pH does vary with the time of day, particularly when there are plants in the tank.
Animals and plants respire. They take in oxygen and they release carbon dioxide. They do this 24/7.
Plants photosynthesise. They take in carbon dioxide and release oxygen. But they only do this when it is light.

The net effect is that during the day the plants take in more carbon dioxide that is being released by the animals and plants, but at night more carbon dioxide is released than is taken in by the plants. There is more carbon dioxide in the water at night. Carbon dioxide dissolves in water to make carbonic acid. Therefore the water is more acidic at night and the pH is lower at night. The amount of carbon dioxide will build up during darkness so the pH will be lowest just before it gets light. As soon as it gets light (daylight or tank lights) the plants start photosynthesising, take up all the accumulated carbon dioxide and the pH rises.

Online Andy The Minion

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Re: Seneye
« Reply #9 on: November 08, 2017, 09:05:05 PM »
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@Helen Unrelated to the Seneye but if it helps, press and hold Ctrl then hit Print screen and you have a screen grab. Hold Alt at the same time and you grab just the active program window. You can paste it into another program with a Ctrl v
Happy grabbing :)

Offline Helen

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Re: Seneye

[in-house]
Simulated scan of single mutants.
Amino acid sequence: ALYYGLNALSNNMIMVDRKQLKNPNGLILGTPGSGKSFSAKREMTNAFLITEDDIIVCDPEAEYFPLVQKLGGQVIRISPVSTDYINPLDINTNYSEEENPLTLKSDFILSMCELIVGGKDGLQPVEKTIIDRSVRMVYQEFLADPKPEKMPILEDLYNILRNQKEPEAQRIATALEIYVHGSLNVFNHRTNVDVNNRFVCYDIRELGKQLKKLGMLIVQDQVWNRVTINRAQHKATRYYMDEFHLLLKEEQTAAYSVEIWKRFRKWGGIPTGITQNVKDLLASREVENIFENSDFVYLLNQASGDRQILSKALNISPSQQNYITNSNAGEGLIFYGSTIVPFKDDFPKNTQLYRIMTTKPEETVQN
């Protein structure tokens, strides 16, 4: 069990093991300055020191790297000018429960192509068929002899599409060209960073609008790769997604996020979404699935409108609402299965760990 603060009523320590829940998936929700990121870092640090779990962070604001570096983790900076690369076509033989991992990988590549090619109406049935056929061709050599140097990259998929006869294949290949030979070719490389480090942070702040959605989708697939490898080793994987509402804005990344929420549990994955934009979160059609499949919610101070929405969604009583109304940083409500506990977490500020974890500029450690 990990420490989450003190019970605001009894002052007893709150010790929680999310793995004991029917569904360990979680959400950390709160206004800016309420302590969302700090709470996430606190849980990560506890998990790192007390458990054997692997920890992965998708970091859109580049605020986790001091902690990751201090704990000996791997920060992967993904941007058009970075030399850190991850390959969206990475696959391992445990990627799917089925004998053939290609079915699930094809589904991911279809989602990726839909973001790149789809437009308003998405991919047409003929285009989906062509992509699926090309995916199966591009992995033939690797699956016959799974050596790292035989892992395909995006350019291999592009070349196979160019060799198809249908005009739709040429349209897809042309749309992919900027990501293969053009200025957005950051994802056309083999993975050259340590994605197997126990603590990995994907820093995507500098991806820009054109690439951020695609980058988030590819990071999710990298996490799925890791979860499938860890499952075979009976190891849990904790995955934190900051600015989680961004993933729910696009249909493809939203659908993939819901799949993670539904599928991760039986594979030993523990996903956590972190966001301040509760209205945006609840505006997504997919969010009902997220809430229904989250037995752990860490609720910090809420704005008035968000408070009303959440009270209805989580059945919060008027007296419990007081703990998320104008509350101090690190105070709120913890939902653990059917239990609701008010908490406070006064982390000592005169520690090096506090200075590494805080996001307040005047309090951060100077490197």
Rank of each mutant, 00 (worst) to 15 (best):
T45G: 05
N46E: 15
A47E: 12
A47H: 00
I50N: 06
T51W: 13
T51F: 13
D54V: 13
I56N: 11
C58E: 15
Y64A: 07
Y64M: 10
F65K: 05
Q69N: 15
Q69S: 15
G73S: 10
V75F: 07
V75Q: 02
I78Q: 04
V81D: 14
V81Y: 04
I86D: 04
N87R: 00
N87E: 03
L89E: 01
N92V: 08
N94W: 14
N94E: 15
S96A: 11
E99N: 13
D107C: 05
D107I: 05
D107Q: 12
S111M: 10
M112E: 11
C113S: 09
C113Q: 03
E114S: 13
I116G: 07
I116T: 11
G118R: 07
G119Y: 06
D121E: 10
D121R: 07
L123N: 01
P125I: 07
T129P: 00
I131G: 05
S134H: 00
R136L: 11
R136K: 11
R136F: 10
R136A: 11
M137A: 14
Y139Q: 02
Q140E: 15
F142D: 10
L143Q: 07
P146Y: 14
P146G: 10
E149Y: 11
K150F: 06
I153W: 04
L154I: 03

« Reply #10 on: November 08, 2017, 09:10:45 PM »
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Ha ha. Thanks @Andy The Minion . My issue is more about which device has which information. My Seneye page is best viewed on my laptop, but I access this forum from my phone. I contemplated emailing a screenshot, but was too lazy and decided that just taking a photo would be easier.  :-[

Offline Helen

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Re: Seneye
« Reply #11 on: November 22, 2017, 05:04:46 PM »
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@Andy The Minion  you'll be pleased to see that I've managed to coordinate my devices.

For those that are interested, here is a snapshot of my pH over about a week (might be 5 days).

Offline Helen

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Re: Seneye
« Reply #12 on: November 23, 2017, 09:31:11 AM »
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Slightly out of context of where this conversation has gone, but this a comment about how I think the Seneye works, from another conversation.

There is the ability to 'trim' the Seneye readings, but I don't know about calibrating. I don't know how I would start doing that. But, the slides only last about 30 days and then need replacing. It is the slides that contain the pH and ammonia tests. From what I can see (without destructive investigation!) the ammonia and pH are like test strips with an optical reader.